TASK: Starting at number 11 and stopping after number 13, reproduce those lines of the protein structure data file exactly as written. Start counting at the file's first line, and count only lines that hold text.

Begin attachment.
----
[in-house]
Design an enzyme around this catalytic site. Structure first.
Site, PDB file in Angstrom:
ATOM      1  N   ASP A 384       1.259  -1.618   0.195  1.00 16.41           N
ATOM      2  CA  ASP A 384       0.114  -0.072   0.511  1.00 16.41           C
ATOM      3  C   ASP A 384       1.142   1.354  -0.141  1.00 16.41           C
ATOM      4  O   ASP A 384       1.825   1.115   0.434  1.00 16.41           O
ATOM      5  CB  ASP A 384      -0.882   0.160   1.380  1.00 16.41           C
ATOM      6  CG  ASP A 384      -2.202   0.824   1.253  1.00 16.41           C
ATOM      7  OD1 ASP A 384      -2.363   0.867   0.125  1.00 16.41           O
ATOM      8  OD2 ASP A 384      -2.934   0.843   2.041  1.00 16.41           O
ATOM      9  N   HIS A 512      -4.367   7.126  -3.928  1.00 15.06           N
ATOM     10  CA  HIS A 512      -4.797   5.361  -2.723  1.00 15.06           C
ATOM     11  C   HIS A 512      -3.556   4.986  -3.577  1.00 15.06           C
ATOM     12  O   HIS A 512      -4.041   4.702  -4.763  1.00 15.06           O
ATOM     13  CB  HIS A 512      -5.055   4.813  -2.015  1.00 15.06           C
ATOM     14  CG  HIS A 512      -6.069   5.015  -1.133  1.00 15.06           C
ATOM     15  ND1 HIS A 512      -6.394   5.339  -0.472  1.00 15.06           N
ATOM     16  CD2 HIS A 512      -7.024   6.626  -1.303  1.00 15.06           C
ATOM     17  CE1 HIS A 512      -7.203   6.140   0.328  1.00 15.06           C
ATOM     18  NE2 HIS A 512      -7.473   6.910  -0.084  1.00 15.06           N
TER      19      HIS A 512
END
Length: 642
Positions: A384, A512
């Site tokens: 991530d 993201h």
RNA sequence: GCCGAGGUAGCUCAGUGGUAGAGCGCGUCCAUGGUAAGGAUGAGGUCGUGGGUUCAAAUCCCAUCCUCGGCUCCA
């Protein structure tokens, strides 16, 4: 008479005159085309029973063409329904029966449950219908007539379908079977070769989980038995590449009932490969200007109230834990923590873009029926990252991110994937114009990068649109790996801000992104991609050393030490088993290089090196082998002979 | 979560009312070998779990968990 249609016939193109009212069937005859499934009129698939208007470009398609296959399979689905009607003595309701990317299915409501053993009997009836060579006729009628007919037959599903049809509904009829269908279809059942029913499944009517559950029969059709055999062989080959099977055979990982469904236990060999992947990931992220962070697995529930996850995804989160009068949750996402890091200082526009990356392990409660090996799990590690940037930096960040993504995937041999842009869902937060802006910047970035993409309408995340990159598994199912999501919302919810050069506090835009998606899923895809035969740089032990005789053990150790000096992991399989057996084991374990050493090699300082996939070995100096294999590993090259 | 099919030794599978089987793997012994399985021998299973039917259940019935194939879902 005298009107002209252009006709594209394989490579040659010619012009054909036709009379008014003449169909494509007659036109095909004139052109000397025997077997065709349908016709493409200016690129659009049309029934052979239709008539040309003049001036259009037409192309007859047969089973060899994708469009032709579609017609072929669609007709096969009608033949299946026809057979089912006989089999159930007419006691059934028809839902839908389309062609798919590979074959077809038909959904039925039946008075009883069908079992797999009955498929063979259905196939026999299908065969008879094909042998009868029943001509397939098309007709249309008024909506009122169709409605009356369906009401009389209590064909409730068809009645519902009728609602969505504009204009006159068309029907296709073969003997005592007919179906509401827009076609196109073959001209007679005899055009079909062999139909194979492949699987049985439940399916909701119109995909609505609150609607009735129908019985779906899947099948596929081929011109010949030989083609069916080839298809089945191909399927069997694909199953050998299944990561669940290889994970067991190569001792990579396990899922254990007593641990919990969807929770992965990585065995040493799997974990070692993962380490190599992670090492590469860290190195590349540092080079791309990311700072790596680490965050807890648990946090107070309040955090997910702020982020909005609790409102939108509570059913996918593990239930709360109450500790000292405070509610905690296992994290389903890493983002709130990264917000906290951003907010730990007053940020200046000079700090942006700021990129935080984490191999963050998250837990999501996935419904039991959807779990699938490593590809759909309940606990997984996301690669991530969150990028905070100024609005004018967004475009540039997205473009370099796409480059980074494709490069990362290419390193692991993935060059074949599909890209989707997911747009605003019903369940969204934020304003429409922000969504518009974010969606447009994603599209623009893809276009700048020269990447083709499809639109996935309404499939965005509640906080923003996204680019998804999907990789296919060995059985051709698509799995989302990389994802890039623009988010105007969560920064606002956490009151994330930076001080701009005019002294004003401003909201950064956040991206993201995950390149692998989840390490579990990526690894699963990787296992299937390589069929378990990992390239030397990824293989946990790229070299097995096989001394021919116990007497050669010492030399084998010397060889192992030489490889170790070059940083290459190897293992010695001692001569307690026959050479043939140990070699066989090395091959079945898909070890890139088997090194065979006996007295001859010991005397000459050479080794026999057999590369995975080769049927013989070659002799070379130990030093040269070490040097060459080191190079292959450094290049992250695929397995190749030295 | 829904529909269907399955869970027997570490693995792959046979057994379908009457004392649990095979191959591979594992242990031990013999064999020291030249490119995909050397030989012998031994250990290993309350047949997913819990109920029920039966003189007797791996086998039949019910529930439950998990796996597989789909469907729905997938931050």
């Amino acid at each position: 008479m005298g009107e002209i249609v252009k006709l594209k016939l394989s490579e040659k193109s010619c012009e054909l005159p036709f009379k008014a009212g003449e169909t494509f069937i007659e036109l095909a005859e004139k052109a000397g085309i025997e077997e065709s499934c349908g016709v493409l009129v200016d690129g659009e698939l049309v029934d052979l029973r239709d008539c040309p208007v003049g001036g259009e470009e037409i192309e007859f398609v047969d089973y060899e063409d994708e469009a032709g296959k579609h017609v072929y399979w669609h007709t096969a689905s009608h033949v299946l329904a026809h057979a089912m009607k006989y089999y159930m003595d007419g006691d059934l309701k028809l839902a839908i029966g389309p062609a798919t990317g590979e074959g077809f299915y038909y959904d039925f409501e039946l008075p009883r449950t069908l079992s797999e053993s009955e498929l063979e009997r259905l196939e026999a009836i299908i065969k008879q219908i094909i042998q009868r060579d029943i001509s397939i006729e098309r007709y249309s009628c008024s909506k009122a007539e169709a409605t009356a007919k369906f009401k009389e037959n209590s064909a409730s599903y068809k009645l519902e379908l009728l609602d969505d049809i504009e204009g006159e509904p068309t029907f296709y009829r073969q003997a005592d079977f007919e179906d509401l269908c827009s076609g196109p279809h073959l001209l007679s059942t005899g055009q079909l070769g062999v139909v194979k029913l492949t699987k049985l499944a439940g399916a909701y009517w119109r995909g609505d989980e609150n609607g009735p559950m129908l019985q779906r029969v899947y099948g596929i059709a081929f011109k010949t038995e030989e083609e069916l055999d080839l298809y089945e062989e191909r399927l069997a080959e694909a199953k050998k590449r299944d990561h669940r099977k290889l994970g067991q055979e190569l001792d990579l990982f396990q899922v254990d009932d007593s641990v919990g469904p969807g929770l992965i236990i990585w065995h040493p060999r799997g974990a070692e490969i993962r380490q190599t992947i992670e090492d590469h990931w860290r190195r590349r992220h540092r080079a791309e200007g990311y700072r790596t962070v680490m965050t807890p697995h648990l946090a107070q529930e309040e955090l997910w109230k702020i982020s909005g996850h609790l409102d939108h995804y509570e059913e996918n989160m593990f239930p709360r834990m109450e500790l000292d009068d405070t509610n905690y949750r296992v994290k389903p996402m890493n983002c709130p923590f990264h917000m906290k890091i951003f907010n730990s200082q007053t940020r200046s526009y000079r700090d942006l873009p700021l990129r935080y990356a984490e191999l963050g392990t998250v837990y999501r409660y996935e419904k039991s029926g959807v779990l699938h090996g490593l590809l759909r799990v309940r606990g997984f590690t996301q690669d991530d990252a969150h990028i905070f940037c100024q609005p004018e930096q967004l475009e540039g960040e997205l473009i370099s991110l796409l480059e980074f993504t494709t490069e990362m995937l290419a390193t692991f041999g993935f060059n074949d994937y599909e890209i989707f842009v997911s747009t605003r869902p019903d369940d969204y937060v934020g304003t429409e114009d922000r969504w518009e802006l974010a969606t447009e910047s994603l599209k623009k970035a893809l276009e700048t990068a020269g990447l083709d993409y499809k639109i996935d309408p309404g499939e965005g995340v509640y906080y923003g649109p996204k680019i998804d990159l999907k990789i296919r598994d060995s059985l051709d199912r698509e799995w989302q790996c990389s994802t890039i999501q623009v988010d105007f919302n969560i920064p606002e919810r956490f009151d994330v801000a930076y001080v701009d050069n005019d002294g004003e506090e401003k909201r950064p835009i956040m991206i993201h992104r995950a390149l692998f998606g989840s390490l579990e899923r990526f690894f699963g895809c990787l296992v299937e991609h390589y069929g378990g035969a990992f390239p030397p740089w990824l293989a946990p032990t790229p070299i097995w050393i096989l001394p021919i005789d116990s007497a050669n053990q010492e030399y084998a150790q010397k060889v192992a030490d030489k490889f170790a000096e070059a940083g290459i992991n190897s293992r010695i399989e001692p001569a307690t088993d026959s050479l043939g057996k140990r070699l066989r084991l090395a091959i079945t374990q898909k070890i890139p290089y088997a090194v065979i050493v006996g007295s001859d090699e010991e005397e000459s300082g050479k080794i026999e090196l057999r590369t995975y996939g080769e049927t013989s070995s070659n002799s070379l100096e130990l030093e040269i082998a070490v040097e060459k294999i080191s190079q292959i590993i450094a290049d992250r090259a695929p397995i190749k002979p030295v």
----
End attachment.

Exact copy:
ATOM      8  OD2 ASP A 384      -2.934   0.843   2.041  1.00 16.41           O
ATOM      9  N   HIS A 512      -4.367   7.126  -3.928  1.00 15.06           N
ATOM     10  CA  HIS A 512      -4.797   5.361  -2.723  1.00 15.06           C